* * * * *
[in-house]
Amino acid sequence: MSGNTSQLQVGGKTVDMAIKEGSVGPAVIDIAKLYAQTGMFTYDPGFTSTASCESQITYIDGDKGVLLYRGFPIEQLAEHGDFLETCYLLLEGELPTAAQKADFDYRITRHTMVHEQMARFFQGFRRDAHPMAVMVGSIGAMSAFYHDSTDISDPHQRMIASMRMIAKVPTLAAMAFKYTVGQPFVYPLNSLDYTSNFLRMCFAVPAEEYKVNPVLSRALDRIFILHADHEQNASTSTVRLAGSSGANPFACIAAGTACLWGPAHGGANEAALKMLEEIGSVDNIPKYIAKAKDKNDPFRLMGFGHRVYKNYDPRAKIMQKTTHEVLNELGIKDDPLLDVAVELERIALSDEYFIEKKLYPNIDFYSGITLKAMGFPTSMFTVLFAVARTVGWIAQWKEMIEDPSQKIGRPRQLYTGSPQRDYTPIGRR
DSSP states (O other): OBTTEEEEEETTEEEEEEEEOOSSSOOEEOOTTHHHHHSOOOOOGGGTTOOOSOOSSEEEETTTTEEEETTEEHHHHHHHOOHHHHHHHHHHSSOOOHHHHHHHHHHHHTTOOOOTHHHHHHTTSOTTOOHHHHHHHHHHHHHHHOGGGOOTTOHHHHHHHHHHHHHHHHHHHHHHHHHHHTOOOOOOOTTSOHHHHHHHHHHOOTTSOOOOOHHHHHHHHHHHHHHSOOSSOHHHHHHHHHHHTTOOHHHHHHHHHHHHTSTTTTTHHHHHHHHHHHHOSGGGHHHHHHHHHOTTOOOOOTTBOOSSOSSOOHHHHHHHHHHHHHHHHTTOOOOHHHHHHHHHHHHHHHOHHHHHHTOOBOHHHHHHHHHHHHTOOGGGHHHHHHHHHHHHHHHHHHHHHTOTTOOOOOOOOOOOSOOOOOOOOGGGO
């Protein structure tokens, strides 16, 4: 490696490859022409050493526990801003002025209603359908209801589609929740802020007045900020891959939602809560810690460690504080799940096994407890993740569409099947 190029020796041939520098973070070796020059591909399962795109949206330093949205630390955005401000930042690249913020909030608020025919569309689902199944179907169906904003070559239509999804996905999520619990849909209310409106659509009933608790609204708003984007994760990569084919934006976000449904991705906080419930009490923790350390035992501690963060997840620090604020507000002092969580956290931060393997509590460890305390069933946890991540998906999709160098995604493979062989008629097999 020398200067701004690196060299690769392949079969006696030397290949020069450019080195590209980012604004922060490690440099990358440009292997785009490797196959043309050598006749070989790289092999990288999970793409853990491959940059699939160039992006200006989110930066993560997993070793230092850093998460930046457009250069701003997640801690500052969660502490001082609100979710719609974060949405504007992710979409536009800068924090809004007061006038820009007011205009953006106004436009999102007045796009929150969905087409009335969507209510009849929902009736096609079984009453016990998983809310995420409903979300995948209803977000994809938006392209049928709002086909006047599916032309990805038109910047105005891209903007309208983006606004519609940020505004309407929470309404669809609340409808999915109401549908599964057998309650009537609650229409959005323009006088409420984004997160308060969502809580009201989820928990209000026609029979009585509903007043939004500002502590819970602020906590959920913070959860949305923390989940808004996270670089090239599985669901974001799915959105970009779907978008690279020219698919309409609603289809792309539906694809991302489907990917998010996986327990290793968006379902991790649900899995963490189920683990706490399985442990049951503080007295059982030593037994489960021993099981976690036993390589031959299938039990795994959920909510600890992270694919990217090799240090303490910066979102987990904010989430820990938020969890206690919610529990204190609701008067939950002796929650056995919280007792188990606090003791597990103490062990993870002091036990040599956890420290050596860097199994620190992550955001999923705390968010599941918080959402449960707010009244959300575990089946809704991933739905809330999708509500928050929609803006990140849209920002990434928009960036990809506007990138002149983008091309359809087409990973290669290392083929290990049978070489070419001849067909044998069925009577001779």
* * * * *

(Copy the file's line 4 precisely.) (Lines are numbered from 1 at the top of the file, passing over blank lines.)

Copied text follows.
């Protein structure tokens, strides 16, 4: 490696490859022409050493526990801003002025209603359908209801589609929740802020007045900020891959939602809560810690460690504080799940096994407890993740569409099947 190029020796041939520098973070070796020059591909399962795109949206330093949205630390955005401000930042690249913020909030608020025919569309689902199944179907169906904003070559239509999804996905999520619990849909209310409106659509009933608790609204708003984007994760990569084919934006976000449904991705906080419930009490923790350390035992501690963060997840620090604020507000002092969580956290931060393997509590460890305390069933946890991540998906999709160098995604493979062989008629097999 020398200067701004690196060299690769392949079969006696030397290949020069450019080195590209980012604004922060490690440099990358440009292997785009490797196959043309050598006749070989790289092999990288999970793409853990491959940059699939160039992006200006989110930066993560997993070793230092850093998460930046457009250069701003997640801690500052969660502490001082609100979710719609974060949405504007992710979409536009800068924090809004007061006038820009007011205009953006106004436009999102007045796009929150969905087409009335969507209510009849929902009736096609079984009453016990998983809310995420409903979300995948209803977000994809938006392209049928709002086909006047599916032309990805038109910047105005891209903007309208983006606004519609940020505004309407929470309404669809609340409808999915109401549908599964057998309650009537609650229409959005323009006088409420984004997160308060969502809580009201989820928990209000026609029979009585509903007043939004500002502590819970602020906590959920913070959860949305923390989940808004996270670089090239599985669901974001799915959105970009779907978008690279020219698919309409609603289809792309539906694809991302489907990917998010996986327990290793968006379902991790649900899995963490189920683990706490399985442990049951503080007295059982030593037994489960021993099981976690036993390589031959299938039990795994959920909510600890992270694919990217090799240090303490910066979102987990904010989430820990938020969890206690919610529990204190609701008067939950002796929650056995919280007792188990606090003791597990103490062990993870002091036990040599956890420290050596860097199994620190992550955001999923705390968010599941918080959402449960707010009244959300575990089946809704991933739905809330999708509500928050929609803006990140849209920002990434928009960036990809506007990138002149983008091309359809087409990973290669290392083929290990049978070489070419001849067909044998069925009577001779």